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Tajikistan Discovers New Giant Buddha


News Category: Sasanian Dynasty

 04 June 2001



A 1600 year old statue of a sleeping Buddha - uncovered by archeologists from the former Soviet Union 35 years ago and never before seen by the outside world - will soon be on display in Dushanbe, the capital of the Central Asian Republic of Tajikistan. After Afghanistan’s Taliban destroyed the largest Buddhas in Central Asia, the newly unveiled Tajikistan Buddha, which dates back to the 5th century AD, will be the largest ancient Buddha statue in Central Asia.

The 14 meter long Tajik Buddha was first excavated by archeologists from the former Soviet Union in 1966, from a vast Buddhist monastery complex in Ajina Tepa in southern Tajikistan. Ajina Tepa was on the ancient Silk Route connecting both China with Europe and Central Asia with the Indian seaports. Instead of publicizing their enormous find, the Soviets excavated the Buddha only to hide it.

Bringing the Buddha to light has been the lifetime task of Dr. Babamulloev Saidmurad, the newly appointed Director of Tajikistan’s Museum of National Antiquities which will officially open in August. ‘’The Soviets tried to tell the Tajiks that they had no history before the 1917 Russian Revolution even though the Tajiks are the most ancient race in Central Asia,’’ says Saidmurad. He says smaller Buddhist statues and murals were shipped to the Hermitage Museum in St. Petersburg and hidden away in its vaults, but the Tajikistan Buddha was too big to move and was buried in the basement of a Dushanbe museum.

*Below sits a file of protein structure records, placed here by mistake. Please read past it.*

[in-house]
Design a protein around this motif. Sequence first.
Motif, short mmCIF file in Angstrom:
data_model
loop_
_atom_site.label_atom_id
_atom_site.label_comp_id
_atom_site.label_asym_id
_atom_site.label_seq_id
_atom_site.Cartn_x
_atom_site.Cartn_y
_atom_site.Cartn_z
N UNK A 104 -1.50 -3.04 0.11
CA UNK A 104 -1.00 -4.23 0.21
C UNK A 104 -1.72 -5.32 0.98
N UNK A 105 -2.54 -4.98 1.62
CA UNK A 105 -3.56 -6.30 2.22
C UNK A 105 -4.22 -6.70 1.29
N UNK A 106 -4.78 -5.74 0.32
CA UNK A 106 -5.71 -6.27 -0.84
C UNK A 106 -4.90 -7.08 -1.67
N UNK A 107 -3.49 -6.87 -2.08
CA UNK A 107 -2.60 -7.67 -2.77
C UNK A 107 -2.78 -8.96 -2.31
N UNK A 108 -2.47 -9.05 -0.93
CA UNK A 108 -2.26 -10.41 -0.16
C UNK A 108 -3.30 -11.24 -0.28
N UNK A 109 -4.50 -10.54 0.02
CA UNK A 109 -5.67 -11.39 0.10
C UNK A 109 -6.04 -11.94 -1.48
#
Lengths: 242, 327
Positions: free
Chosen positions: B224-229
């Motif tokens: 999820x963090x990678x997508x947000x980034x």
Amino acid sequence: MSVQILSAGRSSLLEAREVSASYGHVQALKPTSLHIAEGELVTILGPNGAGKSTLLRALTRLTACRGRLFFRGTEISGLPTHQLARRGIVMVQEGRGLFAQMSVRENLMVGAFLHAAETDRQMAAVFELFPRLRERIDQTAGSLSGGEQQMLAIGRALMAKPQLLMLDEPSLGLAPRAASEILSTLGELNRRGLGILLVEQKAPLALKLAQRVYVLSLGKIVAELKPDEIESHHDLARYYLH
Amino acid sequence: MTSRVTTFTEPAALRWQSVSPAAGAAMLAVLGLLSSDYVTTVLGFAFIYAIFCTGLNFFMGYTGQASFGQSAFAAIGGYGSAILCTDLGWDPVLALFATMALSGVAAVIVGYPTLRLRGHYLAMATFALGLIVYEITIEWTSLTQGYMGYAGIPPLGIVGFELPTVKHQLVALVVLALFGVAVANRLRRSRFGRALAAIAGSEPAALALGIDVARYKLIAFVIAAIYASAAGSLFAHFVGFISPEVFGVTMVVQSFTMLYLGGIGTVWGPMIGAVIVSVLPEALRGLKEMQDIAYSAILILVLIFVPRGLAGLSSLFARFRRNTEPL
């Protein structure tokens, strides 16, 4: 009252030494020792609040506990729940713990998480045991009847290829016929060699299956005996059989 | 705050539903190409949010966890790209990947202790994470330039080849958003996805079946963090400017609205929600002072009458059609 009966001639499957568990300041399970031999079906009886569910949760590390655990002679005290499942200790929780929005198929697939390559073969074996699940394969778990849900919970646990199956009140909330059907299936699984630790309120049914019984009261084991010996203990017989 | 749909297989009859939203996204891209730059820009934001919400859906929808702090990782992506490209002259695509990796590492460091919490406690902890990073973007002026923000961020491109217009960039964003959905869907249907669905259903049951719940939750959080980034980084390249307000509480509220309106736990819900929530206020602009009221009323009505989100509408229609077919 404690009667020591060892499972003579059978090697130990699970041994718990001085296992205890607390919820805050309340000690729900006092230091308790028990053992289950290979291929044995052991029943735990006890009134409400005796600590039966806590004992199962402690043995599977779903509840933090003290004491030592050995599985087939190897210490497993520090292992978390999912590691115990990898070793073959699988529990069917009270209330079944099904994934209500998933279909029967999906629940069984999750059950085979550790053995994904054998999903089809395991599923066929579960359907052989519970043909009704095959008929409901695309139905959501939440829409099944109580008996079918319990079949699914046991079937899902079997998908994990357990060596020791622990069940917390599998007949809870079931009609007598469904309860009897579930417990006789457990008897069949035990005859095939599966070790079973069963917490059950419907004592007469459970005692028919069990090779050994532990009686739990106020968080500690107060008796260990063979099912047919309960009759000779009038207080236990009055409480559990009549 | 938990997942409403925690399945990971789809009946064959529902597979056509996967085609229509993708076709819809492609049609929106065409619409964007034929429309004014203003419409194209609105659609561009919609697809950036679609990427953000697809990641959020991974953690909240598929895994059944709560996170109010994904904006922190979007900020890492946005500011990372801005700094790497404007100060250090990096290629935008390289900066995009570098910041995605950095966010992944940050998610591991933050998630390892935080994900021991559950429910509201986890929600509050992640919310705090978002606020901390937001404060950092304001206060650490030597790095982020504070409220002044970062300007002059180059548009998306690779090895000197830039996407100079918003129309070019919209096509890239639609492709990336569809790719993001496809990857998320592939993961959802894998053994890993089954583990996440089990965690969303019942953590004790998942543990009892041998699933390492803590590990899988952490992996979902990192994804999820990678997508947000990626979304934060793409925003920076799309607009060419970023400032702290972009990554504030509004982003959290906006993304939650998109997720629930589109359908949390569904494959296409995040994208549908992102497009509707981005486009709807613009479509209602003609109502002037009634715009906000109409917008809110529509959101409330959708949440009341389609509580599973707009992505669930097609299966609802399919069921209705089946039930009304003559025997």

‘’The Soviets never allowed Tajikistan to show its pre-Islamic and Islamic archeological collections,‘’ says Frederick Roussel of Acted, a leading French non-governmental organization in Central Asia, which funded the restoration of the Bhudda. Nine months ago Acted paid for a Russian archeological expert to come from the Hermitage Museum to spend three months putting together the puzzle of the Buddha.

‘’The Buddha was in 100 pieces stored in boxes in the basement of the museum and it had to be put together like a huge jigsaw,’’ says Saidmurad. ‘’We worked like demons around the clock for six months.’’ The Buddha lies on his side, his face showing absolute serenity reflecting the nearness of nirvana in the last moments before his death. Around the base of the sleeping Bhudda and on the walls of the monastery were more than one thousand paintings in bright colors depicting the life of Buddha, many of which were sent to the Hermitage.